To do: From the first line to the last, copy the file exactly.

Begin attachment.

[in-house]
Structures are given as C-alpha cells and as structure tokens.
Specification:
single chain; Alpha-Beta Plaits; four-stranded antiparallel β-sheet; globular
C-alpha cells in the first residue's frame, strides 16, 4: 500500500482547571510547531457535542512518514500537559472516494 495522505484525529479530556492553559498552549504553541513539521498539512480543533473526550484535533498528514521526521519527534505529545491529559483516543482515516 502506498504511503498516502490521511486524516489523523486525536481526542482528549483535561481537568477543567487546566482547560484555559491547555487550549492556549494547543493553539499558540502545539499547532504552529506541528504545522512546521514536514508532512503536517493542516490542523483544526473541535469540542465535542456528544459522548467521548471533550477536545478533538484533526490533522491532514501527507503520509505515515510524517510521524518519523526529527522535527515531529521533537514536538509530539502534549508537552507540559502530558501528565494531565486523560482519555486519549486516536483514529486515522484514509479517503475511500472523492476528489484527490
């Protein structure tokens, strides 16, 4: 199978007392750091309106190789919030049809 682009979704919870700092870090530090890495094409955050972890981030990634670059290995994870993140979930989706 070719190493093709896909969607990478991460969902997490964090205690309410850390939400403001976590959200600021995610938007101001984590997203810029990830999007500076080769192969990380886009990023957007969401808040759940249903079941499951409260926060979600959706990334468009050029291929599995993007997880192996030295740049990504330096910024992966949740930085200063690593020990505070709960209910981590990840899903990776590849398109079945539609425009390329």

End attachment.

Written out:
[in-house]
Structures are given as C-alpha cells and as structure tokens.
Specification:
single chain; Alpha-Beta Plaits; four-stranded antiparallel β-sheet; globular
C-alpha cells in the first residue's frame, strides 16, 4: 500500500482547571510547531457535542512518514500537559472516494 495522505484525529479530556492553559498552549504553541513539521498539512480543533473526550484535533498528514521526521519527534505529545491529559483516543482515516 502506498504511503498516502490521511486524516489523523486525536481526542482528549483535561481537568477543567487546566482547560484555559491547555487550549492556549494547543493553539499558540502545539499547532504552529506541528504545522512546521514536514508532512503536517493542516490542523483544526473541535469540542465535542456528544459522548467521548471533550477536545478533538484533526490533522491532514501527507503520509505515515510524517510521524518519523526529527522535527515531529521533537514536538509530539502534549508537552507540559502530558501528565494531565486523560482519555486519549486516536483514529486515522484514509479517503475511500472523492476528489484527490
């Protein structure tokens, strides 16, 4: 199978007392750091309106190789919030049809 682009979704919870700092870090530090890495094409955050972890981030990634670059290995994870993140979930989706 070719190493093709896909969607990478991460969902997490964090205690309410850390939400403001976590959200600021995610938007101001984590997203810029990830999007500076080769192969990380886009990023957007969401808040759940249903079941499951409260926060979600959706990334468009050029291929599995993007997880192996030295740049990504330096910024992966949740930085200063690593020990505070709960209910981590990840899903990776590849398109079945539609425009390329």